Sunday, November 13, 2011

Donuts. Is there anything they can't do?

It's widely known that Los Angeles has more donut shops per capita than anywhere else in the country*.  There's practically one on every corner.  In fact, there is one on our corner.

So this clearly qualifies as superfluous, right?

I've never made donuts before.  Why would I, when I can get a delicious glazed old fashioned for 75 cents anytime** without having to break out a vat of boiling oil?

Here's why.  When you make them at home, your son will take one bite and say, "I think this is the happiest moment of my life right here!  Mom, you are the BEST!"

The donuts themselves are very, very, tasty, especially fresh from the fryer.  The texture and flavor are reminiscent of a top-of-the line buttermilk bar, or those wonderful little sugary nuggets from The Buttermilk Truck.  I love those little nuggets, and I really loved these.

Homemade Buttermilk Sour-Doughnuts
The donut recipe is adapted from Notes from the High Country, and the glaze is from Alton Brown.  This made a baker's dozen, plus donut holes!

For the donuts:
2 c. flour
1/2 tsp. baking powder
1/4 tsp. baking soda
1/2 tsp. salt
1/2 tsp. cinnamon
generous grating of nutmeg
1/2 c. white sugar
1 egg
1/2 c. sourdough starter
1/4 c. buttermilk
2 tsp. vegetable oil (+ additional oil for frying)

In a medium bowl, whisk together the flour, baking powder, baking soda, salt cinnamon and nutmeg.   In a larger bowl, using an electric mixer on low speed,  beat the egg,  then beat in the sugar. Add the starter, buttermilk and 2 tsp. of oil. Add sifted dry ingredients and mix gently with a wooden spoon to form a moderately stiff dough.

Turn dough out onto a floured surface, then knead for a few minutes until the dough is smooth and forms a round ball.  Don't overwork the dough, or your donuts will be tough.  Roll out to 3/8" thickness. Cut with doughnut cutter.  Place donuts and holes on a floured cookie sheet, cover with a damp towel, and let rise for about 30-45 minutes.

To fry the donuts, you'll need a large, deep kettle or pot, a slotted spoon, one platter or baking sheet covered with paper towels, another sheet with a baking rack over it to catch the glaze, and a thermometer to measure the oil temperature.

Pour oil to a depth of about 2 inches into a large kettle, and heat to 370F.  Drop donuts in, a few at a time.  Fry for about 60 seconds on each side, until golden brown, flipping with a slotted spoon once.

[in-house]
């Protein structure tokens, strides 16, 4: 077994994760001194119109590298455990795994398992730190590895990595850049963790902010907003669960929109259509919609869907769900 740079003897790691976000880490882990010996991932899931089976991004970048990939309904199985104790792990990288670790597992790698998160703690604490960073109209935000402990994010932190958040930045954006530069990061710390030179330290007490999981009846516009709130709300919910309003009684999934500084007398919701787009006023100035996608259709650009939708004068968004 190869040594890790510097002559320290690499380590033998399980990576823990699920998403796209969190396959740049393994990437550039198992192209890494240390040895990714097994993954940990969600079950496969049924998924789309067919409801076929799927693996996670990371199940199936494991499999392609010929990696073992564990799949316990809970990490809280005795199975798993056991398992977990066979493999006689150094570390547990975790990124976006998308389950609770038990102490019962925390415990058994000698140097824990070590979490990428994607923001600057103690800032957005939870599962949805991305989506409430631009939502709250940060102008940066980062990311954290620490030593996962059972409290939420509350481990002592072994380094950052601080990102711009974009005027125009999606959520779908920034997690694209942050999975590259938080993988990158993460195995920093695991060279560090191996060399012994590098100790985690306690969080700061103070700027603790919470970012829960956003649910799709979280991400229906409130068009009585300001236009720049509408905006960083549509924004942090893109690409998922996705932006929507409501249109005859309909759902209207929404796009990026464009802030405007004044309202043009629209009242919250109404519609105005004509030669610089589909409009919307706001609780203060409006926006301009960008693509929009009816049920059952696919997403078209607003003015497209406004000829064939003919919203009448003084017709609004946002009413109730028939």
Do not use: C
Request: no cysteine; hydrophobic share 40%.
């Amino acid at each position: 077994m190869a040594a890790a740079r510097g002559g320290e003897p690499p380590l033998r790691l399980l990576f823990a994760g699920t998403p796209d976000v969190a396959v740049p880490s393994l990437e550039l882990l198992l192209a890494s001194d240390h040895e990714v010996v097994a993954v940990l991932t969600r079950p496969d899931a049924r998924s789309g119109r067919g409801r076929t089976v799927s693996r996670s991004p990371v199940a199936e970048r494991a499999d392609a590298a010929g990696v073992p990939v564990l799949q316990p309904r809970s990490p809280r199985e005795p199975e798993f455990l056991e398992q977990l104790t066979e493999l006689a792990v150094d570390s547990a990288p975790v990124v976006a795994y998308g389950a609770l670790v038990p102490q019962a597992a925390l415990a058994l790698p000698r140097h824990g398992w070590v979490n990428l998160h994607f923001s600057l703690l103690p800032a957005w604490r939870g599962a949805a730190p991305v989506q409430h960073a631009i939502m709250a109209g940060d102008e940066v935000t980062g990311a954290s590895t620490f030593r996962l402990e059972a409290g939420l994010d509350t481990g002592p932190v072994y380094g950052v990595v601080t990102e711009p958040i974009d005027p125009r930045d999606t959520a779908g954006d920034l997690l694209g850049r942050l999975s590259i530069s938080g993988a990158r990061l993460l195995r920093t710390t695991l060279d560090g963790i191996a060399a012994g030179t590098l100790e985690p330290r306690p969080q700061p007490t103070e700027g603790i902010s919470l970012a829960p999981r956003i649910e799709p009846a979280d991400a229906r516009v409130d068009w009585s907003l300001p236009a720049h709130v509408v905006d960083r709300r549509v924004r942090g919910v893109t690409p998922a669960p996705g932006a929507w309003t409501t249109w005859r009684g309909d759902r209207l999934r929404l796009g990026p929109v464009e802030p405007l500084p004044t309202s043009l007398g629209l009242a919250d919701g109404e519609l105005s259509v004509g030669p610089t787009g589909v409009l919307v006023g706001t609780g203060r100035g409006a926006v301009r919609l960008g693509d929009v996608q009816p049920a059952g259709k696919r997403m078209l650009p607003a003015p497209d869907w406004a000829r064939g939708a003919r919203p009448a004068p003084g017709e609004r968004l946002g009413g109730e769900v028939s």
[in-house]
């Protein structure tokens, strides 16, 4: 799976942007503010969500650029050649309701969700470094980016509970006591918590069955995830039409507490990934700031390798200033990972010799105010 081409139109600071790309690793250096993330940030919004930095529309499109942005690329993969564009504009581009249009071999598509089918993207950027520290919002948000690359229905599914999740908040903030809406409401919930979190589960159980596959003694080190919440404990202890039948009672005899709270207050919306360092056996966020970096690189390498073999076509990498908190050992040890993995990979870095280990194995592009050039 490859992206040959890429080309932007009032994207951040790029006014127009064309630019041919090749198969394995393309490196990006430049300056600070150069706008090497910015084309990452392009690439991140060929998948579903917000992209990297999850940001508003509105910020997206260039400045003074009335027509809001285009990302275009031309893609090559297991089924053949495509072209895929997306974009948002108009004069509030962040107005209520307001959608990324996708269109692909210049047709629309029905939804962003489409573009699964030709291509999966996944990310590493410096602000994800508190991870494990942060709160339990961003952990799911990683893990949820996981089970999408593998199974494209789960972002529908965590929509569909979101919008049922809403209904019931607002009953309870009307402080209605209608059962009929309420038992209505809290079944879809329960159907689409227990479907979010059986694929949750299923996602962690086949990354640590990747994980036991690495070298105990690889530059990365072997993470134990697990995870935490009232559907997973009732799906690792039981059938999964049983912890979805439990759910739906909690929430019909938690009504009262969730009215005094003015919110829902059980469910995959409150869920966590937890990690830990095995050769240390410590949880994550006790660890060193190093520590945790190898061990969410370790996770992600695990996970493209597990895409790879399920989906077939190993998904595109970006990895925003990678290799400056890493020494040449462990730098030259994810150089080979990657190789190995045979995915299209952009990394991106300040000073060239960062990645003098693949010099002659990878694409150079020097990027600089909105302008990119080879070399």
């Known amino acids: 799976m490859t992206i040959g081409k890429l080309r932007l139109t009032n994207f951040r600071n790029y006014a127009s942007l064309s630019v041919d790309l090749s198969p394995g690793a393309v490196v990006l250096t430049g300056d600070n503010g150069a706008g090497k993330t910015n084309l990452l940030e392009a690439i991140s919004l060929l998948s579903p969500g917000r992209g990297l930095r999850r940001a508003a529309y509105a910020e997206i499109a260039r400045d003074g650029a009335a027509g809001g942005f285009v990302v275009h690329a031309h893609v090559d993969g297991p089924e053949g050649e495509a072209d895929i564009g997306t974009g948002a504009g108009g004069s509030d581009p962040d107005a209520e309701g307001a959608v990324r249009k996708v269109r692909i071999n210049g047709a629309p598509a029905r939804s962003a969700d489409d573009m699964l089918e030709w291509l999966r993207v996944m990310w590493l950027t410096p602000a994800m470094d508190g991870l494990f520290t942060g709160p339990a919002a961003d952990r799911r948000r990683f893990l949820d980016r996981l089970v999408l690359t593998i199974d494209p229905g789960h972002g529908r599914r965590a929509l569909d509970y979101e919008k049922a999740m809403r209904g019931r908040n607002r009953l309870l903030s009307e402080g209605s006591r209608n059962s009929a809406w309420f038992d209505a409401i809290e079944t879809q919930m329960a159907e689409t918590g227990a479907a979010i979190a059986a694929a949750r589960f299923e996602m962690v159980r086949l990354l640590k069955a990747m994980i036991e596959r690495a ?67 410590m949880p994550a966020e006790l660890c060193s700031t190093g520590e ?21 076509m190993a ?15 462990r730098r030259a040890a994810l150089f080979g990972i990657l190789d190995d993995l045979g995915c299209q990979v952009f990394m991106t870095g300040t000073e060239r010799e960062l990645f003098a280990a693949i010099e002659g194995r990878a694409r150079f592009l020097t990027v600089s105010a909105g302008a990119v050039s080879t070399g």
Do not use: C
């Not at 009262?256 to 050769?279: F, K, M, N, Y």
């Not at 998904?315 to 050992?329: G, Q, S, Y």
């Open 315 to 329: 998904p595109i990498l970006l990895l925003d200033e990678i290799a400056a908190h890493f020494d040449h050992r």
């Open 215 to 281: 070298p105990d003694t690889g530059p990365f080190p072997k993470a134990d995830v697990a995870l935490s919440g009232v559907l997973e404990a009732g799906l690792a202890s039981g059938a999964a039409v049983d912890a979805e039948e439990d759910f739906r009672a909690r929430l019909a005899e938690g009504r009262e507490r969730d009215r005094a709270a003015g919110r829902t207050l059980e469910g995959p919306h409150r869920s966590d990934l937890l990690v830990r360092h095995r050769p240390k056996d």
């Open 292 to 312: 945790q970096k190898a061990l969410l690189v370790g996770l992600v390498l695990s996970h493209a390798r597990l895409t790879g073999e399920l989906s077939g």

Remove to paper towel-covered platter, then dip into glaze, or shake in a bag of powdered sugar or cinnamon sugar.  Cool for a tiny bit more, then devour!   

For the Vanilla Glaze:
1/4 cup whole milk
1 teaspoon vanilla extract
2 cups powdered sugar

Combine milk and vanilla in a medium microwave-proof bowl, and zap for a minute or so until warm.   Sift confectioners' sugar into milk mixture. Whisk slowly, until well combined.   Place that bowl over a slightly larger bowl of warm water.  Keeping it warm will maintain the right glaze consistency for dipping the donuts.

Using tongs, dip hot donuts into the glaze, one at a time, and set on the prepared draining rack.  After a minute, dip once more.  Extra glaze is a good thing!

Click to Print this recipe!

Credit for many of the photos in this post to my son, who eagerly volunteered to be my assistant on the project once he heard the word, "donuts".  Truly, these things have magical powers.

* The vast majority of which are owned by Cambodian refugees, escaping genocide and helping each other start businesses here.  A remarkable LA story, as well as a benefit to the donut loving population of Southern California.  The statistics, admittedly old now, say that LA has one donut store for every 7,000 people, compared to one store per 30,000 nationally.
** Except Sundays.  They're inexplicably and inconveniently closed on Sundays.

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